What do you do when the summer rain starts? Well, the answer can be simple. Find a good book!
Our guest today in My Writing Corner has a possibility that sounds perfect for the beach or the lake, or just sitting inside while the rain comes down. Welcome to Rosemary Kubli who says she likes to write the type of books she loves to read - intrigue and suspense mixed with a pinch of romance and a clever plot twist or two.
Rosemary, what do you enjoy about being an author?
Of course, I enjoy creating the narrative and the characters through which I tell the story, but what I love most about being an author are the comments I receive from my readers. I was so incredibly delighted when a reader told me that a suspenseful moment in the plot literally made her jump out of her seat, and when two ladies said they loved the story so much they intended to read the book a second time. But the comment that’s my personal favorite came from a reader who said Jonathan Woodward (the male main character in Gullible) is the man of her dreams and she will marry him some day. I get goosebumps knowing that my story is as enthralling to others as it is to me, and that my audience loves the characters in Gullible as much as I do. Even those not so complimentary comments serve as reminders that my writing can always be improved.
Tell us about your road to publication.
My long and bumpy road to publication started about eight years ago. With no qualifications other than a lifelong desire to be a published author, in the fall of 2015 I decided to get serious about writing and began penning my first novel. I quickly realized that, once the novel was completed, I had no idea how to go about getting it published! I wish I’d kept track of how many hours I spent researching the answers to my long list of questions. I learned what a beta reader is and how to construct a query letter. I contacted several published authors and asked a lot of questions. I watched a ton of YouTube videos. I joined a local writer’s critique group and took their advice to heart. Then, when my novel was completed, edited, and polished to its shining best, I sent out queries to a multitude of literary agents and independent publishers. A few were interested enough to request the full manuscript, but in the end they all turned down my project.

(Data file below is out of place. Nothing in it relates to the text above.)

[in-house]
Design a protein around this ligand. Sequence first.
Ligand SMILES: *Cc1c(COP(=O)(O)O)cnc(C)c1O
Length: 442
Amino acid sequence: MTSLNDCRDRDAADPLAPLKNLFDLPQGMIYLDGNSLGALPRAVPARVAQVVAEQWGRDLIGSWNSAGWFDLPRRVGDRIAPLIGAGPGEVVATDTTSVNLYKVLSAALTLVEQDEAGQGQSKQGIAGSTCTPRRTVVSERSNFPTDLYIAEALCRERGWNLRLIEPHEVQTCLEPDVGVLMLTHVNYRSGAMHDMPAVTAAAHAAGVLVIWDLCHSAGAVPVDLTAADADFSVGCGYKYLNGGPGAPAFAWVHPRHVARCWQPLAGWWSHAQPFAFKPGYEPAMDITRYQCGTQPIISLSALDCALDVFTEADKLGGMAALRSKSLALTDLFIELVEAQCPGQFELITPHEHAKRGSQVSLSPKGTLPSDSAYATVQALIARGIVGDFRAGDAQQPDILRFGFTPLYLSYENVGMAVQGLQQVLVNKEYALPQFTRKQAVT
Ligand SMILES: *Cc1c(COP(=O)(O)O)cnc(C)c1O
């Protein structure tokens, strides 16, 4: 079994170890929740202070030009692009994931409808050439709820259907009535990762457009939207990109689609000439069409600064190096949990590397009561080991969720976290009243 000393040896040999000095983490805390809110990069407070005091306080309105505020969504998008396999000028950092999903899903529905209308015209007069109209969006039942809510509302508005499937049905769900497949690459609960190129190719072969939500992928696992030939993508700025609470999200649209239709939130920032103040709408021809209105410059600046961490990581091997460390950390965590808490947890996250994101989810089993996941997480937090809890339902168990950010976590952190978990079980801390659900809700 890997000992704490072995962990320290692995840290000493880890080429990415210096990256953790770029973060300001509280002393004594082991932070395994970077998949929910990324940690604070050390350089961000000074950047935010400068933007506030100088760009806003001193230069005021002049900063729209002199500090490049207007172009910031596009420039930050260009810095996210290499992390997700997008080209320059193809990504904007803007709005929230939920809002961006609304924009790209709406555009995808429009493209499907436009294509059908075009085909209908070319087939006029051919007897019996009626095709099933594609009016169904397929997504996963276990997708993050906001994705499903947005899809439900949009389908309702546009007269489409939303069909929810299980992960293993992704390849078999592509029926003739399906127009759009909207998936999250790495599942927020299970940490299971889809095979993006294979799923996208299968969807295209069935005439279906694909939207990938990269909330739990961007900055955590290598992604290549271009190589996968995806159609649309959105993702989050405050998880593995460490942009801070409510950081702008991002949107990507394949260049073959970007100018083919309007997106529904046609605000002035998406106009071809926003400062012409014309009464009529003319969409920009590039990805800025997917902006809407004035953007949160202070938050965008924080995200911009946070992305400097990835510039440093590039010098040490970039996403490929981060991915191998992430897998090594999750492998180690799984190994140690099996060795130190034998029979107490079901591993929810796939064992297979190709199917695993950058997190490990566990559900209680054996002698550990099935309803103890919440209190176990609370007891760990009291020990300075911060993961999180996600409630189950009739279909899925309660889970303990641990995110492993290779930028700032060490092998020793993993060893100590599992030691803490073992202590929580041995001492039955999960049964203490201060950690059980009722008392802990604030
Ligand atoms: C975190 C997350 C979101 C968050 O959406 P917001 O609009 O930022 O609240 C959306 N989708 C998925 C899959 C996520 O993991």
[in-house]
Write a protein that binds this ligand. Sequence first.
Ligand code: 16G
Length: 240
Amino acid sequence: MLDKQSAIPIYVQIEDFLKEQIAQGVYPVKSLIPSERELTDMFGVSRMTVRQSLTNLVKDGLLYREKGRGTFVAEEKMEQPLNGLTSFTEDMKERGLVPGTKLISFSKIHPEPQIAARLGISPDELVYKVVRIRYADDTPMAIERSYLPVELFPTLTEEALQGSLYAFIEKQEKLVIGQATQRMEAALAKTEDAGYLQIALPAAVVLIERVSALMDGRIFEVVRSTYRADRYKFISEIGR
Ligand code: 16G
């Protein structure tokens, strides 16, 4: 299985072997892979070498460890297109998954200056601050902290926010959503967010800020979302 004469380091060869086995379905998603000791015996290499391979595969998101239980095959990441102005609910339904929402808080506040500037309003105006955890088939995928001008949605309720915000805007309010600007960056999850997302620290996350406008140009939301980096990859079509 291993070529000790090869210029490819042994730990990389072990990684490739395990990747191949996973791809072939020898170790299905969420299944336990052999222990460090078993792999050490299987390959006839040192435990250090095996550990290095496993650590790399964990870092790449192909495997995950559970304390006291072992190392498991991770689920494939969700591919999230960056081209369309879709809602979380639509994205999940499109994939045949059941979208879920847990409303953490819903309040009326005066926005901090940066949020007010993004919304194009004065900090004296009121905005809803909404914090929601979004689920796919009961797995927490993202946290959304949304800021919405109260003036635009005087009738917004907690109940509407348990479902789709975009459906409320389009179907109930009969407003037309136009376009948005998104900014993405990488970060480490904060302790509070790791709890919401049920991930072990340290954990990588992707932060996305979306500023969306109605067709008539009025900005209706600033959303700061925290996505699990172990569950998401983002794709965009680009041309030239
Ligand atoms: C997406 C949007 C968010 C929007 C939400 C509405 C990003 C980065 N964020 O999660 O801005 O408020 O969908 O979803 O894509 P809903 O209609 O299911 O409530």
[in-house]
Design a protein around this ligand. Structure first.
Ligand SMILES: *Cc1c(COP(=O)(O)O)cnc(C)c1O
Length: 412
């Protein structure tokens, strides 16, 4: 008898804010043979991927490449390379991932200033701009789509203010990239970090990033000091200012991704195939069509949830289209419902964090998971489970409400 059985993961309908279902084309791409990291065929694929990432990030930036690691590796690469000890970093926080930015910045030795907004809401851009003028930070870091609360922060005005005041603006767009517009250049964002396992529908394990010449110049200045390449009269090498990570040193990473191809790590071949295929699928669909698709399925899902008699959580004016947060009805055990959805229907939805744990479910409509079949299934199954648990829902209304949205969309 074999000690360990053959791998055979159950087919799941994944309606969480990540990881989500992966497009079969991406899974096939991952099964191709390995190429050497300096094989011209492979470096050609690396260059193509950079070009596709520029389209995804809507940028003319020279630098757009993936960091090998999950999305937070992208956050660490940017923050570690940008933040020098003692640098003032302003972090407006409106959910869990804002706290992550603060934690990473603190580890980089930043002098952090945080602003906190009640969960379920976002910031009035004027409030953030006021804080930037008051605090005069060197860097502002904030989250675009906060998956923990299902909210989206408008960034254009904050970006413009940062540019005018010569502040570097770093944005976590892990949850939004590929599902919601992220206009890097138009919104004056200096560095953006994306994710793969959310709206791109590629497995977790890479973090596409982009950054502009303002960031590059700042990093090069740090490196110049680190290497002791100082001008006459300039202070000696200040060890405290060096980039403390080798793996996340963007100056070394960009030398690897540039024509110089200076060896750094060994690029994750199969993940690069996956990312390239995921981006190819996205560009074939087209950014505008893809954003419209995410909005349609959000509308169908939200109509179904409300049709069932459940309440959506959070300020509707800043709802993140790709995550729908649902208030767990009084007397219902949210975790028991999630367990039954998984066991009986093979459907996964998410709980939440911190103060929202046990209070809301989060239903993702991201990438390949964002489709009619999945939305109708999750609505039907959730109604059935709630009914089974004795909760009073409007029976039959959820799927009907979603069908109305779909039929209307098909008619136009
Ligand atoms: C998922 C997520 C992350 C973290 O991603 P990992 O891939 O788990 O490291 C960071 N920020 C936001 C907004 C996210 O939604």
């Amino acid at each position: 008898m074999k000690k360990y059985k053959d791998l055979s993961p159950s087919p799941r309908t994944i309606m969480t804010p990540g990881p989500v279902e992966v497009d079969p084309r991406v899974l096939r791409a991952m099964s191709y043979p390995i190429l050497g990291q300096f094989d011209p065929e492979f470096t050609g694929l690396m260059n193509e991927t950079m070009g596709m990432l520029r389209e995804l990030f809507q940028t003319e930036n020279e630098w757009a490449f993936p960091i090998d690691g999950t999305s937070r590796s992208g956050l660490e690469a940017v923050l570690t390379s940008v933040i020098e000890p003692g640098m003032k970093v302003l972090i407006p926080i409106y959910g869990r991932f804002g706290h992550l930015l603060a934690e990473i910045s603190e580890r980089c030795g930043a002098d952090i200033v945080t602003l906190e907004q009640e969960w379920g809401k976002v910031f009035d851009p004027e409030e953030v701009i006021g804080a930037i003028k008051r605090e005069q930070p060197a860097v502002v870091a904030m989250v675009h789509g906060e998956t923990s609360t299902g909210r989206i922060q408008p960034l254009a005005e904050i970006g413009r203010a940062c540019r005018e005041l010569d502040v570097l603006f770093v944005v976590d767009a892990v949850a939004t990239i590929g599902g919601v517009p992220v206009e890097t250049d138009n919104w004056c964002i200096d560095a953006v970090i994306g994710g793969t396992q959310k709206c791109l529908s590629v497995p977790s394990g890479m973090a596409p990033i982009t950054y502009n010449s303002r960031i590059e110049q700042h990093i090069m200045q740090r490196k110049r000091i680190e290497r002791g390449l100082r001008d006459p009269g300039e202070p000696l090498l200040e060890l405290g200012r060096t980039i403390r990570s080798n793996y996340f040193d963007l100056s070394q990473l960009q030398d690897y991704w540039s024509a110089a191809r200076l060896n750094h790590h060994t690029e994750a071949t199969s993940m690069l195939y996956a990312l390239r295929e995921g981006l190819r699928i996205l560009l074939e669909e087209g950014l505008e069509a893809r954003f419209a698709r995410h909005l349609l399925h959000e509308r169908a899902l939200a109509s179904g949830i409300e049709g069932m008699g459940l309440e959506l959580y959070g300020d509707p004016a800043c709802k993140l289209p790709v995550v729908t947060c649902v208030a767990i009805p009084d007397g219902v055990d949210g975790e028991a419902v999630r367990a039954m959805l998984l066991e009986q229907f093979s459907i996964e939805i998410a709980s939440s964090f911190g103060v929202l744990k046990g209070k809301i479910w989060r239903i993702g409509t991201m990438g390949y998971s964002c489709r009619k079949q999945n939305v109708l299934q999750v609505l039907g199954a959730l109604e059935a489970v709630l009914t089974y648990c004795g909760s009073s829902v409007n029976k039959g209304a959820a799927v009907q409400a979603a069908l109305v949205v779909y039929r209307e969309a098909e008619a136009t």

So, I set aside that first novel, went back to the drawing board, and began writing what eventually turned into Gullible. Again, the queries went out and the rejections came pouring in. While waiting to hear back from two agents who had expressed serious interest in Gullible, I decided to give The Wild Rose Press a try and thank goodness I did! The two agents ultimately turned me down, but the wonderful editor at TWRP who had been assigned to my manuscript saw the potential in my story and worked with me toward a contract. So, although it took nearly eight years and I came close to giving up on my dream many times, today I am thrilled to hold a printed copy of Gullible in my hands!
What is your latest book and how did you come up with the idea to write it?
The plot of Gullible, my debut novel, is completely different from my original concept. Even the title is different! I intended to write a story about a husband who thinks he’s married to the perfect wife until she disappears one day, and he slowly learns she’s been hiding a deep, dark secret from him. Kind of the reverse of Laura Dave’s The Last Thing He Told Me, but long before that novel was published. Somehow – I don’t even remember the process I went through – my idea evolved into a story about a savvy con artist with a perfect track record. When she suffers a few missteps in the con she’s running, she begins to question who the gullible victim in her scheme truly is – the man she’s conning, or herself.
Let's get a blurb:
Siena Ricci is shrewd, seductive, and an expert in the art of deception. Masking her identity behind the guise of Marie Lacroix, a specialist in antiques and objets d'art, she swindles her employer's wealthy clients out of their valuable possessions. She hasn't yet met the man she can't manipulate, but then the con she's playing on Jonathan Woodward has only just begun.
Jonathan proves to be an easy mark, but he's also enticingly irresistible. As their relationship heats up, her plot to steal his multi-million-dollar antique trinkets begins to unravel. Noticing a subtle change in Jonathan's demeanor, Marie questions whether she's still in control of the con or if she's blindly become the gullible victim of her own scheme.